Frequently Asked Questions

The Citizens Watch is a promise tracker that is designed to enable citizens, civil societies, journalists, scholars and public policy analyst to track and measure the most significant campaign promises of government officials, in a bid to promote accountability and participatory governance.

The Citizens Watch was born out of the conviction that there is no better way to enhance good governance than a fundamental citizen engagement. For the government to work for the common good, citizens must be empowered with the information and skills to hold leaders accountable, support pro-people government policies and actively participate in the governance process. 

The purpose of this project is to develop a culture of constructive dialogue between the government and the governed, in a bid to enhance the quality of basic public services delivery in education, health, agriculture, infrastructures etc.

The Citizens’ Watch is an initiative of The Reformers Initiative for Development in Africa (Reformers of Africa). Reformers of Africa is a non-profit, pan-African civic-tech organization— dedicated to promoting and supporting ideals, principles and practices of participatory governance, digital social innovation, peace and government accountability in Africa. From Nigeria to South Sudan, Namibia to DRC, Tunisia to Comoros Island, South Africa to other parts of Africa, the organization is building a community of reformers marked by innovation, collective intelligence, collaboration and the grit to advocate for institutional reforms and influence social change.

To set up a promise tracker, our team will peruse policy document, media engagements, campaign websites, transcripts of speeches, debates, and statements made during rallies- searching for trackable promises. Readers can also suggest trackable promises via email to or use the suggest button on the website. It is worthy of note that all suggestions will be fact-checked before they are uploaded.

Our promise tracking process includes the following:

  1. Thorough internet search
  2. Engaging the agency or ministry of government in charge of executing a promise. It is worthy of note that we do not rely solely on the information we get from government officials, we verify it independently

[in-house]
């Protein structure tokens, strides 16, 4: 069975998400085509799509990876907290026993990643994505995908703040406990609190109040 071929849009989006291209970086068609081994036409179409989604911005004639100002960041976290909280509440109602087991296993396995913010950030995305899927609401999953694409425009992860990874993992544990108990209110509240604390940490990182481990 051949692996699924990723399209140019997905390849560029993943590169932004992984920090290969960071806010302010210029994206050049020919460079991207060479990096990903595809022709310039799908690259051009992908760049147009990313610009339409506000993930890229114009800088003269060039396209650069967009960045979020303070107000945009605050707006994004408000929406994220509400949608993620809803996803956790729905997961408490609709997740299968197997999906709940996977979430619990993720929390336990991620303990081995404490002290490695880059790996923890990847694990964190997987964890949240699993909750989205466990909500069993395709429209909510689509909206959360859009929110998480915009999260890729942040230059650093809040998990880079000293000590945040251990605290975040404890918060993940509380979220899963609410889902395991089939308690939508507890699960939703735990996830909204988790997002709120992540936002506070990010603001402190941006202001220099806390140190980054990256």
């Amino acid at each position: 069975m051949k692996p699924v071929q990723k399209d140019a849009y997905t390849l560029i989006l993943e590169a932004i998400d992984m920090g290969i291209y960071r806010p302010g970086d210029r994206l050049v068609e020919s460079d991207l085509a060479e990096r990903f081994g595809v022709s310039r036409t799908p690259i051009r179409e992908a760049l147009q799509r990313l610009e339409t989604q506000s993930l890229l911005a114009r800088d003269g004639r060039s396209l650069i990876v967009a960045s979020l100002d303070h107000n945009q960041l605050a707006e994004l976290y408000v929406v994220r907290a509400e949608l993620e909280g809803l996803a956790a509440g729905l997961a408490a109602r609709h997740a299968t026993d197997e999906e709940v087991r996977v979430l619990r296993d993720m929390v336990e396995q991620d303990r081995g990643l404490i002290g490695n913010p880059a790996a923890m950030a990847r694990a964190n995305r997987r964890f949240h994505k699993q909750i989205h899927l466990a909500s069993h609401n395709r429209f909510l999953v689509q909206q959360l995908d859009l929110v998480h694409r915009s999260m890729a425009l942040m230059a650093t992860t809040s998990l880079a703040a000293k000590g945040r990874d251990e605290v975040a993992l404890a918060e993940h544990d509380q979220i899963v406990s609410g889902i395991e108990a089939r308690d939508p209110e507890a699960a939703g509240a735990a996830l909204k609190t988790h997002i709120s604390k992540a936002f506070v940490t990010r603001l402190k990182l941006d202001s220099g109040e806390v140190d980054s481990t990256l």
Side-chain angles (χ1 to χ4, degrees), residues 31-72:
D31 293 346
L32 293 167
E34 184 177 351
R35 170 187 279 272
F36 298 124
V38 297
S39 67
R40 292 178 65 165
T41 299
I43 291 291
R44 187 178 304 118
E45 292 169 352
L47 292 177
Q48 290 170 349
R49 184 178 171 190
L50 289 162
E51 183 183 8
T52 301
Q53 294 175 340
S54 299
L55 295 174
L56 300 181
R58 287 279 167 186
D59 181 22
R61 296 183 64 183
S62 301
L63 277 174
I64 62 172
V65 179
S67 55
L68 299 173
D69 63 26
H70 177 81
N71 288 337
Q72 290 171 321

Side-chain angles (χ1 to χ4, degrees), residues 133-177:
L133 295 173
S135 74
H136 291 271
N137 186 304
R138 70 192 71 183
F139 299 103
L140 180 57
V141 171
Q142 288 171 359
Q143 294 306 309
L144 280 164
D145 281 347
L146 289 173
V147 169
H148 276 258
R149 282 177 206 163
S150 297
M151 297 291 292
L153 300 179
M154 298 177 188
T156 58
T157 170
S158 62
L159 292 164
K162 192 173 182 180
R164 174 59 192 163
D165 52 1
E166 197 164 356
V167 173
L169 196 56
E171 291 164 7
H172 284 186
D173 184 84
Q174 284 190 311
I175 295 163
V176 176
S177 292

3. We make use of trained volunteers to verify  the status of a promise in their community
  4. A review of academic publications, open-sourced data and government reports.
  5. Trusted online news sources and review of available evidence.

The Citizens Watch makes use of an offline and mobile technology tracking tools, to track the most significant campaign promises of public office holders and ultimately rate each promise using the following metrics:

Not Started: All promise begins at this stage. It indicates that the implementation of the promise has not commenced. 

Ongoing: This metric indicates that the promise is in the works.

Fifty/Fifty: This indicates that a promise is done halfway- the promise has been partly completed, less than the official’s original promise.

Against a Brick Wall: Promise earns this rating when its fulfilment is being challenged or jeopardized by a legislative act, injunction or a natural disaster.

Promise Broken: This metric is used for a promise that is not kept. 

Promise Kept: This indicates that a promise has been completely fulfilled.

The Citizens Watch has several partners- civil societies, community-based organizations, media outlets, local radio stations, newspapers etc. Some of our current partners include Citizens Gavel, and The Clement Isong Foundation 

We receive support primarily from our parent organization, Reformers of Africa and voluntary financial contribution from individuals. Today, we are exploring other funding opportunities like grants, social enterprise, crowdfunding and membership donations.

We try not to make mistakes, but when we do, and our attention is called to it, we correct it as quickly as possible. 

Have you noticed an error in our data? Please bring it to our attention by sending an email to or use the suggest a correction button on our website.

You can support our work by donating.

You can volunteer to work with us in promoting accountability and participatory governance. To volunteer, send us an email via or join our parent organization here

You can also support us by following us and engaging our contents on Twitter, Facebook, Linkedin, Instagram.


Mailing Address: Justice Lab, 5, Peterson close, Soun Ajagungbade Estate, Bodija, Ibadan, Nigeria.